“If you have a bad infestation, try to go back two or three days later and assess how the application is working. A lot of times, if you’re only checking fields weekly, it may look like you got zero control, when in fact at two or three days you may have had 80 percent control. But after a week, they’re moving back in, there isn’t enough residual to control the new populations moving in, and it may look like a complete failure, particularly in late July and August.”
Other soybean pest problems
Another soybean pest, green cloverworms, is present in most soybean fields every year, Catchot notes. “They show up early, and they’re around the entire season. A lot of people still confuse them with loopers. Green cloverworms have three sets of prolegs, loopers have two. Also, when you disturb them, cloverworms will flip and jump around like crazy, and loopers won’t.
“The confusion occurs when you catch small green cloverworms in a sweep net — they will ‘loop’ like a soybean looper and people confuse this instead of counting prolegs.”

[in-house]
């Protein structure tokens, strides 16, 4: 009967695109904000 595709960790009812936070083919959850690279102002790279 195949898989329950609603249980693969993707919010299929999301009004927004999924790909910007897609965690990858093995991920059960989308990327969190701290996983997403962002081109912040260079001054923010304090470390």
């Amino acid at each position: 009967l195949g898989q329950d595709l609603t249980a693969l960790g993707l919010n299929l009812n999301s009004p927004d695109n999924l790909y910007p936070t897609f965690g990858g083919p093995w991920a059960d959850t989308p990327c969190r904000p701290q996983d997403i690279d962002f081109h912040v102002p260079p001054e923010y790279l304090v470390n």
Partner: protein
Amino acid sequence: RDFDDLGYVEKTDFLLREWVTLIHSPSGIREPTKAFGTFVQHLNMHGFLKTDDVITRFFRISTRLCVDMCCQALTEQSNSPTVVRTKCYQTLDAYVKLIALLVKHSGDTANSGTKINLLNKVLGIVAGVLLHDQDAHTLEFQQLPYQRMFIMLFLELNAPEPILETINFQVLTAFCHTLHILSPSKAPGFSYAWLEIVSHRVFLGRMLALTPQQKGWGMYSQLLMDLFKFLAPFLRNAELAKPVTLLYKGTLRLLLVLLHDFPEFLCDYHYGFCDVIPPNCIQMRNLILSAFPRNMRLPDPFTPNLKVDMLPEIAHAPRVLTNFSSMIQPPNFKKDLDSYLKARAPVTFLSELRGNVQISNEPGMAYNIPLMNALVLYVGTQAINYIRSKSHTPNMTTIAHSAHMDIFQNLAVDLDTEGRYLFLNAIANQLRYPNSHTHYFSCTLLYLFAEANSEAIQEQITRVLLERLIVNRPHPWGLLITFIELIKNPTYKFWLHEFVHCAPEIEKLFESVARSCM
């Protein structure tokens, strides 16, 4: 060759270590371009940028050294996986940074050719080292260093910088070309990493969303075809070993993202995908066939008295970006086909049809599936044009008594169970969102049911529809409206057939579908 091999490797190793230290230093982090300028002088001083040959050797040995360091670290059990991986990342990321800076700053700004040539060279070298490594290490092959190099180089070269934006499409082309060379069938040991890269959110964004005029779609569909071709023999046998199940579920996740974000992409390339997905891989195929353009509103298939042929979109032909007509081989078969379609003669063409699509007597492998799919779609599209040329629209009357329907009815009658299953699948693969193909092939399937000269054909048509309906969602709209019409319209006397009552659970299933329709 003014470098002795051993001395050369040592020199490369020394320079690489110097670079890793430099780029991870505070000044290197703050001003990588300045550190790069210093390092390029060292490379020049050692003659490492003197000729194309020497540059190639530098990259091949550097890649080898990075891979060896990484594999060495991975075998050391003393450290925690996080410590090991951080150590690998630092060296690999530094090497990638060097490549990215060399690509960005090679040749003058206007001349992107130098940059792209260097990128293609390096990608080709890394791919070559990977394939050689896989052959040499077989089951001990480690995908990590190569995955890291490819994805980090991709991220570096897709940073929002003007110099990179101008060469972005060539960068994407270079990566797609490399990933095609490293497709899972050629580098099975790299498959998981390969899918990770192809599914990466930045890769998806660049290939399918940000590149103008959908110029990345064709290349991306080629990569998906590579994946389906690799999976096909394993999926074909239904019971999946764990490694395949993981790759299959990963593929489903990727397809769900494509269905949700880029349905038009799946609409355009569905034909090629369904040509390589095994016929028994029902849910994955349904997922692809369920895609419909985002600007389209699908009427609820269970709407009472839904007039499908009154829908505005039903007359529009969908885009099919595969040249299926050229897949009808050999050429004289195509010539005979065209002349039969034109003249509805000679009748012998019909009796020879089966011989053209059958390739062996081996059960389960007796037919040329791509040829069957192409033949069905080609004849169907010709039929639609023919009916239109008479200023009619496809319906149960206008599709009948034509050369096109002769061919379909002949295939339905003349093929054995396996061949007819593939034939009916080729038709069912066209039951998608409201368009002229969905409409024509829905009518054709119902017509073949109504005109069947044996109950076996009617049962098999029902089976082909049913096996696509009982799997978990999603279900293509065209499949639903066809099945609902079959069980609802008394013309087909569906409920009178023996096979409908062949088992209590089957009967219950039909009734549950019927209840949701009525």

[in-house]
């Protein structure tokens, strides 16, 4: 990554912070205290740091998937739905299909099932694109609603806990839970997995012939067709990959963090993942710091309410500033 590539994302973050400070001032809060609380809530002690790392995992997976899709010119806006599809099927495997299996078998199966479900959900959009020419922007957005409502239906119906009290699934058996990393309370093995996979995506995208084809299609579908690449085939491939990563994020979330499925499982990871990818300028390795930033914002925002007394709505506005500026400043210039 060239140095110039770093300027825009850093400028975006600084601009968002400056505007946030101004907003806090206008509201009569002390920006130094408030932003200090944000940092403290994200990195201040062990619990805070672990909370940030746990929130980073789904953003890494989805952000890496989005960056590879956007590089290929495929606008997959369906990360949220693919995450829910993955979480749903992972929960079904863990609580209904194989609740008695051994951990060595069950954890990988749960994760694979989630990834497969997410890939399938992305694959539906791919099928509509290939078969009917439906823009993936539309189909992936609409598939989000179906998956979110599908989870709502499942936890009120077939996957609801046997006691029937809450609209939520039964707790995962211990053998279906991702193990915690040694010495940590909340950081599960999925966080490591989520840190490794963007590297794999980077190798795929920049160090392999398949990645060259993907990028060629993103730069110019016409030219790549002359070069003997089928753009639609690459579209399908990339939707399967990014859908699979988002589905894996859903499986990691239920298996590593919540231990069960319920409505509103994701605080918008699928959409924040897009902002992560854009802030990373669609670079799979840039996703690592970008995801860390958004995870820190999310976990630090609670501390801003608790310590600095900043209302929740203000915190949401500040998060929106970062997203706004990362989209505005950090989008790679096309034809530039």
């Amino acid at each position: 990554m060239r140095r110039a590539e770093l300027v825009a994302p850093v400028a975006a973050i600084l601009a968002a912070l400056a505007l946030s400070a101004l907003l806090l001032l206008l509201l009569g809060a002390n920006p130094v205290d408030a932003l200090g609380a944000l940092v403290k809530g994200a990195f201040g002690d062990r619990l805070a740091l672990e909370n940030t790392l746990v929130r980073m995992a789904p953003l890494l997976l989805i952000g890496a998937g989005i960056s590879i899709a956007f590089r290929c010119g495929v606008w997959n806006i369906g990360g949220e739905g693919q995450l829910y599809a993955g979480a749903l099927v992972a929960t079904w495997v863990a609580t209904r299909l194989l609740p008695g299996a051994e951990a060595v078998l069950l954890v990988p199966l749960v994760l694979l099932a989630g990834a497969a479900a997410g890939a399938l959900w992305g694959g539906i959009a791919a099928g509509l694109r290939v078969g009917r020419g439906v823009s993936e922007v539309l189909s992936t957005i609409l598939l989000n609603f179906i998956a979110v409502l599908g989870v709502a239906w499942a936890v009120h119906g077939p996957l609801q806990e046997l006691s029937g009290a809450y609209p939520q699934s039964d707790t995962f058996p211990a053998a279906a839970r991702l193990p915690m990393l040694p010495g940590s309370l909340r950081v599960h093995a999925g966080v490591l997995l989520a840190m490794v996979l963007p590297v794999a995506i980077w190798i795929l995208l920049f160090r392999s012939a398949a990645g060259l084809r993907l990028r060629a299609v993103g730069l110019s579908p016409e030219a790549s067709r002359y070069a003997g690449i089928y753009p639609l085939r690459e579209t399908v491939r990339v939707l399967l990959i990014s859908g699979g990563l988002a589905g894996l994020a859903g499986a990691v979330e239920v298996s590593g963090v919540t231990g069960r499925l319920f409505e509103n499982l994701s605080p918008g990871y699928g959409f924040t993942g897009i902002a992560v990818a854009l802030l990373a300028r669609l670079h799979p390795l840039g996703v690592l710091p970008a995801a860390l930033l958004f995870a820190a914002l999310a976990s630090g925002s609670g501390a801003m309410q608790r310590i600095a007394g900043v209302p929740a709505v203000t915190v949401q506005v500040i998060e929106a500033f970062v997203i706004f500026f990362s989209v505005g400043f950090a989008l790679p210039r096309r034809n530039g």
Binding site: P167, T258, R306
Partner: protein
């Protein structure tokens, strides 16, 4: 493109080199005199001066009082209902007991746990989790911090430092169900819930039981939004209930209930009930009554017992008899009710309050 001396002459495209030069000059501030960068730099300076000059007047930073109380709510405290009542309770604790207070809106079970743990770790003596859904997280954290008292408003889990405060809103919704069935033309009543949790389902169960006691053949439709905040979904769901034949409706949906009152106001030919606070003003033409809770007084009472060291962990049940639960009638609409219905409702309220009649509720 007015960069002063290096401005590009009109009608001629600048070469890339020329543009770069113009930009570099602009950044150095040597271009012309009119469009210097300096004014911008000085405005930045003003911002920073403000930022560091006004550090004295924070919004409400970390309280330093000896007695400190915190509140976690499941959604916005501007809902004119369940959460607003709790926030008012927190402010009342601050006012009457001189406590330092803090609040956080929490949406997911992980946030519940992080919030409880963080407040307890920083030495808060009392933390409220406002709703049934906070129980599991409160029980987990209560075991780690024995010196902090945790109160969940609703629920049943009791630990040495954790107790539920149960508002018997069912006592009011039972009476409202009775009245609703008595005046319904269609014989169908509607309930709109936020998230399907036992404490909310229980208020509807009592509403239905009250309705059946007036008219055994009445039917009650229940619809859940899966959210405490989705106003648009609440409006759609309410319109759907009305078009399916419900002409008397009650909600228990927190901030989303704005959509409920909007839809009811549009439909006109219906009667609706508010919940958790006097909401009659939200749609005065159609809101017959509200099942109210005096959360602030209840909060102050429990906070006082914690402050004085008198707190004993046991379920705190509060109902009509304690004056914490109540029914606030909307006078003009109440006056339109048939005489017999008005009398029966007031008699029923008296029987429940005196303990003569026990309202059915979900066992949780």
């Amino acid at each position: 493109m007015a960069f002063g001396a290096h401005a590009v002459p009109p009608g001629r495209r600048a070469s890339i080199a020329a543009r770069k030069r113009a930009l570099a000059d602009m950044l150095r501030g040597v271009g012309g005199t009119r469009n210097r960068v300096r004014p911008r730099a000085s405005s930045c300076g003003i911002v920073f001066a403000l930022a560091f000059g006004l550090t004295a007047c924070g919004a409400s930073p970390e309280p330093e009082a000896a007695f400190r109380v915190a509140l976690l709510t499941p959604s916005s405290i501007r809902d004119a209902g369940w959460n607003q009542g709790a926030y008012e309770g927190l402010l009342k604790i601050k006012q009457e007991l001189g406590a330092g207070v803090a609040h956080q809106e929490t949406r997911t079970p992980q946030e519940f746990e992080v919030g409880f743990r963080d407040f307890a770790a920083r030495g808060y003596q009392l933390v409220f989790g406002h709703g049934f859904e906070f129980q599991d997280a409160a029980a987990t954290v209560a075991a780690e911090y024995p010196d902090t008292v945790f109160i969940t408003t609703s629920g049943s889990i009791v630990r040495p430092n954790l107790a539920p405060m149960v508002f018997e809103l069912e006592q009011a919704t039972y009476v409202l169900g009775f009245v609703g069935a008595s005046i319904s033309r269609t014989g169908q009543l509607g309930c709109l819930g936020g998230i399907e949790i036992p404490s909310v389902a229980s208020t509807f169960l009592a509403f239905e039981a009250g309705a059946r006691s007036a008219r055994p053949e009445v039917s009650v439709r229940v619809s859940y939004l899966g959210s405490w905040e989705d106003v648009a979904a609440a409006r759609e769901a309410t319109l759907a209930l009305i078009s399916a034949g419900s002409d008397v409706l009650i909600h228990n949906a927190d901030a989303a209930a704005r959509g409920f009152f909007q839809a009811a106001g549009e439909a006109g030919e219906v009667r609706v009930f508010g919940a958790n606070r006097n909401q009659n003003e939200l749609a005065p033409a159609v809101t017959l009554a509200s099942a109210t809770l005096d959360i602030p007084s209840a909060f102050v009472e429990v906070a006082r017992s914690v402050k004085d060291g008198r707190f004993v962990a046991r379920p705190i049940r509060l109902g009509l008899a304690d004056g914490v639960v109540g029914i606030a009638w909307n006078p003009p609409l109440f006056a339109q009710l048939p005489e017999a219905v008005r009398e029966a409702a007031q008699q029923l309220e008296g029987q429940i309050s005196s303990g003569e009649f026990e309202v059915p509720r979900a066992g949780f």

Outbreaks of velvetbean caterpillars occur every 10 years or so, particularly in the hill areas, he says. “We had them in a few spots last year, and they can cause extensive defoliation, but they’re easy to control. You just need to be able to identify them and treat as necessary.”
Soybean loopers can cause massive defoliation when numbers are high, Catchot says. “But, if you know you’ve got soybean loopers, please don’t treat them with pyrethroids or Orthene, even at the highest rates. It’s not worth the risk of flaring them. Instead, use materials that work, such as Steward, Belt, or Intrepid.
“The worst application you’ll ever make is one that doesn’t work.
From R-3 until R-6 is a very critical time for defoliation. If you get 100 percent defoliation at R-3, it can be catastrophic. At R-5, the yield loss is not as steep, but will still result in major yield loss. At R-6, you can still get yield loss, but your chief concern at this point is to keep pest numbers from building to massive levels. Essentially, at early R6 you are guarding against the 80 percent to 100 percent defoliation events.”
Mississippi soybean growers sprayed 650,000 acres last year for bollworms, some as many as four times, Catchot says. “We had higher numbers than we’ve seen in many years, and there were no peaks and valleys — they were sustained for 4-6 weeks, with no really distinct peaks.